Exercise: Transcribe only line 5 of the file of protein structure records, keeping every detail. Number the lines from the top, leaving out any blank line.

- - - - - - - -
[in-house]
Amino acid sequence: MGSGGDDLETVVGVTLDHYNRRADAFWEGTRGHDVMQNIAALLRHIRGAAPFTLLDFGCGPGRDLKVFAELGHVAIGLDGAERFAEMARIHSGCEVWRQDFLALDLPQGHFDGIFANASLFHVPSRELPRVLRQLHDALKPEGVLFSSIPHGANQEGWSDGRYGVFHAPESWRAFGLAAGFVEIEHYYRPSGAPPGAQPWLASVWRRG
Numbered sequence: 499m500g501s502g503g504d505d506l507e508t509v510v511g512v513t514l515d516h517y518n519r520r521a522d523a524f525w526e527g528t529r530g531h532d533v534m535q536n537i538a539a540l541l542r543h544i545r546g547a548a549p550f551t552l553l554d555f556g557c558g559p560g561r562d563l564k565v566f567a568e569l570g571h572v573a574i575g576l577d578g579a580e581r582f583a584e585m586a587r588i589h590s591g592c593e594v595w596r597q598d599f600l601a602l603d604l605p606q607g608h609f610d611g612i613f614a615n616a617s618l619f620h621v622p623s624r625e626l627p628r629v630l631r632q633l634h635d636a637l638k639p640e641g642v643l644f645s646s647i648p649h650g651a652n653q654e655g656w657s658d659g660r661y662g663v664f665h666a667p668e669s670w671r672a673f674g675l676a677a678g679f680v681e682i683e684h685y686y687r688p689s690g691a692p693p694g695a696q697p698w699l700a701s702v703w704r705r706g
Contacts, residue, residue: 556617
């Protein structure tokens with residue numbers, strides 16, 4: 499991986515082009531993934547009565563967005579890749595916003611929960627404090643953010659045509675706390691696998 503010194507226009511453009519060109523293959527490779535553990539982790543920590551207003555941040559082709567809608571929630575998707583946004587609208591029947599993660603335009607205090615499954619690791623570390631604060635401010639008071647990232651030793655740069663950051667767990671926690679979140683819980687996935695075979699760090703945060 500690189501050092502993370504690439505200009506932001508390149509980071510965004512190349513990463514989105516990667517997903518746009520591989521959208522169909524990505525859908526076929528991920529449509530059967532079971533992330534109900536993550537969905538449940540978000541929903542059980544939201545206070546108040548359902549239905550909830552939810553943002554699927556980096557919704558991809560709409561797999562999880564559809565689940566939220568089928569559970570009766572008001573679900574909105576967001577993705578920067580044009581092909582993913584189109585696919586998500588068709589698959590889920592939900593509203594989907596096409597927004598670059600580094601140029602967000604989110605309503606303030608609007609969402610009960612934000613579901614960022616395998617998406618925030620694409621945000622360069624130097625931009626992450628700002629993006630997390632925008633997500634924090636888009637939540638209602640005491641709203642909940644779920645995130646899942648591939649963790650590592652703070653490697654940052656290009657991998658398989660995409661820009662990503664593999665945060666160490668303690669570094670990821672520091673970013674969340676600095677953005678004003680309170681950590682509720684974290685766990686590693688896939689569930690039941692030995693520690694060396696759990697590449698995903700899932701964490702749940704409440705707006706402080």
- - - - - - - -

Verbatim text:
């Protein structure tokens with residue numbers, strides 16, 4: 499991986515082009531993934547009565563967005579890749595916003611929960627404090643953010659045509675706390691696998 503010194507226009511453009519060109523293959527490779535553990539982790543920590551207003555941040559082709567809608571929630575998707583946004587609208591029947599993660603335009607205090615499954619690791623570390631604060635401010639008071647990232651030793655740069663950051667767990671926690679979140683819980687996935695075979699760090703945060 500690189501050092502993370504690439505200009506932001508390149509980071510965004512190349513990463514989105516990667517997903518746009520591989521959208522169909524990505525859908526076929528991920529449509530059967532079971533992330534109900536993550537969905538449940540978000541929903542059980544939201545206070546108040548359902549239905550909830552939810553943002554699927556980096557919704558991809560709409561797999562999880564559809565689940566939220568089928569559970570009766572008001573679900574909105576967001577993705578920067580044009581092909582993913584189109585696919586998500588068709589698959590889920592939900593509203594989907596096409597927004598670059600580094601140029602967000604989110605309503606303030608609007609969402610009960612934000613579901614960022616395998617998406618925030620694409621945000622360069624130097625931009626992450628700002629993006630997390632925008633997500634924090636888009637939540638209602640005491641709203642909940644779920645995130646899942648591939649963790650590592652703070653490697654940052656290009657991998658398989660995409661820009662990503664593999665945060666160490668303690669570094670990821672520091673970013674969340676600095677953005678004003680309170681950590682509720684974290685766990686590693688896939689569930690039941692030995693520690694060396696759990697590449698995903700899932701964490702749940704409440705707006706402080």